New West Record: Living wage policy draws kudos from across nation

March 1st, 2010 by Theresa McManus - New Westminster's The Record

The City of New Westminster is getting kudos from poverty and health groups from across Canada after becoming the first Canadian city to agree to establish a living wage policy.

A living wage is often defined as being the minimum hourly wage that's necessary for a family of four, with two parents working full-time, to pay for food, shelter and other daily needs. City council voted unanimously to support a living wage policy that's tied to an hourly rate established annually by the Living Wage for Families campaign.

"New Westminster is the first city in Western Canada - why not be the first city in other things as well," said Coun. Jaimie McEvoy. "The pioneers would be proud."

After representatives from ACORN Canada - the Association of Community Organizations for Reform Now - asked council to adopt a living wage bylaw, McEvoy encouraged council to consider the issue. He didn't know if it would fly, but he thought it would at least initiate dialogue.

McEvoy has received a lot of reaction to Monday's decision, almost all of it positive. The Canadian Cancer Society applauded the decision, saying poverty is one of the determinants of health, while the Canada Without Poverty organization said the living wage movement is a step toward ending poverty in Canada.

"The fact that there is a discussion and people are thinking about it, that is a big deal," McEvoy said. "The only people who oppose it are people who don't know the details."

The living wage policy applies to people working on city premises on a contract basis, such as a security guard at the library or employees in the cafeteria at city hall. Of the 24 vendors providing contracted services to the city, seven confirmed that some of their workers were paid less than the proposed living wage of $16.74.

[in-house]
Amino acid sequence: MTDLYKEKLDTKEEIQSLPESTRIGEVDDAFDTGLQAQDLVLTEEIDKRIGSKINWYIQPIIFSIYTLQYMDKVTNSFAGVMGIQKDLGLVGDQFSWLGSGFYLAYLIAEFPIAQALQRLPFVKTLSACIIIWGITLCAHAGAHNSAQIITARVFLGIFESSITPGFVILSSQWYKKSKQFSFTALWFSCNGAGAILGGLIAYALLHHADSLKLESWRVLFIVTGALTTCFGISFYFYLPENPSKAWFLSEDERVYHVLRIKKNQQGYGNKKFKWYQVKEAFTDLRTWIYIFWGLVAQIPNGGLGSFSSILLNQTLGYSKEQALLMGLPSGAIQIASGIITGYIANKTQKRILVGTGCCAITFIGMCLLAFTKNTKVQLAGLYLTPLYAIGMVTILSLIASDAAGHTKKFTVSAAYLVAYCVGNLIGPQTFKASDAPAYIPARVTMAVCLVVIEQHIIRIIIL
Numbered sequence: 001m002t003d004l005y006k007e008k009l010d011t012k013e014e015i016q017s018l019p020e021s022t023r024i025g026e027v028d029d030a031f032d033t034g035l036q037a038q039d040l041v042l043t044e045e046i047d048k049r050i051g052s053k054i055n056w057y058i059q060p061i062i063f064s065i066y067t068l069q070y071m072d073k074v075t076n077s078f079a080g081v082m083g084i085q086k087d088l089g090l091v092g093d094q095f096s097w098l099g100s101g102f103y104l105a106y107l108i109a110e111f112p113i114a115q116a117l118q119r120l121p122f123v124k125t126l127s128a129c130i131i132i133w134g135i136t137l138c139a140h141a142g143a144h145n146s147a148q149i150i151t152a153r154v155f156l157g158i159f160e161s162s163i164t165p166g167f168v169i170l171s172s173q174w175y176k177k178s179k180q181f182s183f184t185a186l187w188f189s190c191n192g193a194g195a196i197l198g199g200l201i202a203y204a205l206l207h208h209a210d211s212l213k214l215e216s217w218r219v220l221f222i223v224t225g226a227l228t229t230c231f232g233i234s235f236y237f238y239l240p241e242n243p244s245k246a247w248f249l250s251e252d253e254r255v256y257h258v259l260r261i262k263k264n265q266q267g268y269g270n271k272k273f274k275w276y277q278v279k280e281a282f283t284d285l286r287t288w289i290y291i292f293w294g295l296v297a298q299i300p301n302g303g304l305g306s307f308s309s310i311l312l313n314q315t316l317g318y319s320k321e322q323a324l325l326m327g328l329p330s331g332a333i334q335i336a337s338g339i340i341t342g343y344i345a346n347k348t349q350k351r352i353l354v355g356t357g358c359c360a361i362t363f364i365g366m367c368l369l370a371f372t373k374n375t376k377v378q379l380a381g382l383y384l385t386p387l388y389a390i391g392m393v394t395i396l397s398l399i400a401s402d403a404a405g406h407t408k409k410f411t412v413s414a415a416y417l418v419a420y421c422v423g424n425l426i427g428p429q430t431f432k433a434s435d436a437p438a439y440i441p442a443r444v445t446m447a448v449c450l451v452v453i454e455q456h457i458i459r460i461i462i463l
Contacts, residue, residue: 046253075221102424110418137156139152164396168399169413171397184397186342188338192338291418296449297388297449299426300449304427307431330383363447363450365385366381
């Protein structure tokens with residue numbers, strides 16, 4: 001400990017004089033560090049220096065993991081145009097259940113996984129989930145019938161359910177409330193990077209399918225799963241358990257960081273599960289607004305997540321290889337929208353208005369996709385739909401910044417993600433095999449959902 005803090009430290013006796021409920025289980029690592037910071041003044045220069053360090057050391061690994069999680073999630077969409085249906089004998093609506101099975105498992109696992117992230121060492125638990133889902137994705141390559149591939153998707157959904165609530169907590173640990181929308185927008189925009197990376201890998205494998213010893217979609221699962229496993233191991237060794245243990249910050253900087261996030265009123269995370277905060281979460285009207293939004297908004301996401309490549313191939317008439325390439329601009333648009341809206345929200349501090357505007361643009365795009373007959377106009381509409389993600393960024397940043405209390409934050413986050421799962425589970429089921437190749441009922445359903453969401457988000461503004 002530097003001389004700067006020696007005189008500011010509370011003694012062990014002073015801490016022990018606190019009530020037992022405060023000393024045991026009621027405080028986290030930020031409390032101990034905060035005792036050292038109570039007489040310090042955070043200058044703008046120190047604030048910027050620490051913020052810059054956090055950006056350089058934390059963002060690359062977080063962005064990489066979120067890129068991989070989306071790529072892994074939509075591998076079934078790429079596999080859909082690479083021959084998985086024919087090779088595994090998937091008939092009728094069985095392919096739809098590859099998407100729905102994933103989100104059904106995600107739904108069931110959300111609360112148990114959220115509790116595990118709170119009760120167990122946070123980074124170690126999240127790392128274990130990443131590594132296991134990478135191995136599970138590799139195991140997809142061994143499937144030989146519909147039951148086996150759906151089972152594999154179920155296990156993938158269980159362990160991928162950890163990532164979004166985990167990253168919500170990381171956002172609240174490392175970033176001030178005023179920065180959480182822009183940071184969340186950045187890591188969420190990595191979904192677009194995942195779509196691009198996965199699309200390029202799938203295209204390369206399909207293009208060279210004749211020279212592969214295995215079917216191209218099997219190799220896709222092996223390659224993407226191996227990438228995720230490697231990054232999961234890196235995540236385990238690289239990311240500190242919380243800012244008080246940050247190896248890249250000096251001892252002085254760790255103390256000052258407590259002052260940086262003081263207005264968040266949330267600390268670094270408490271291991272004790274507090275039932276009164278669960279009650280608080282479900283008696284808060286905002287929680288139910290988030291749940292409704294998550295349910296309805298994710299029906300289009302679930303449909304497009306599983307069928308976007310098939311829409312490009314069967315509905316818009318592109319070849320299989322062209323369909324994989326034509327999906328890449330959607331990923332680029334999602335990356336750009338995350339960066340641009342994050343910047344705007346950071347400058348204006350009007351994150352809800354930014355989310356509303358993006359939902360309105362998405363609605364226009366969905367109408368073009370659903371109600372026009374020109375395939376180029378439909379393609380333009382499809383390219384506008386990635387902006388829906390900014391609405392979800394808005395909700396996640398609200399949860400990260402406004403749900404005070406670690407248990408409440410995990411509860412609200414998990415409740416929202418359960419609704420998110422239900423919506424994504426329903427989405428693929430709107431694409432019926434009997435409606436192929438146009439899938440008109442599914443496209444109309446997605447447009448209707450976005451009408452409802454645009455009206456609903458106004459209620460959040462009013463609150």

McEvoy said the worst-case scenario is that the policy would cost the city $150,000.

"It's cheaper than having city council," he said.

Although only seven contracts would be impacted by the initiative, McEvoy said policies are developed on the basis of principle - not by the number of people who are impacted. He said the same applies if you're dealing with issues of racism or human rights.

"It's important that the city save money," he said. "You can't save money off the backs of the poorest people you employ. There's no fairness in that."

A staff report cautioned that it's impossible to quantify the "ripple effect" that would be created by increasing the hourly rates for those who fall below the suggested threshold.

"Other employees within the vendors' organization would expect their rates to increase proportionately to reflect their greater experience, years of service or higher position within the organization," the report said.

McEvoy has spoken to other local politicians about the living wage policy and believes there's a lot of interest in other communities in pursuing policies.

"How can you deny somebody a living wage, enough money to feed your children? I am very proud of us," said Coun. Lorrie Williams. "We are going slowly with it."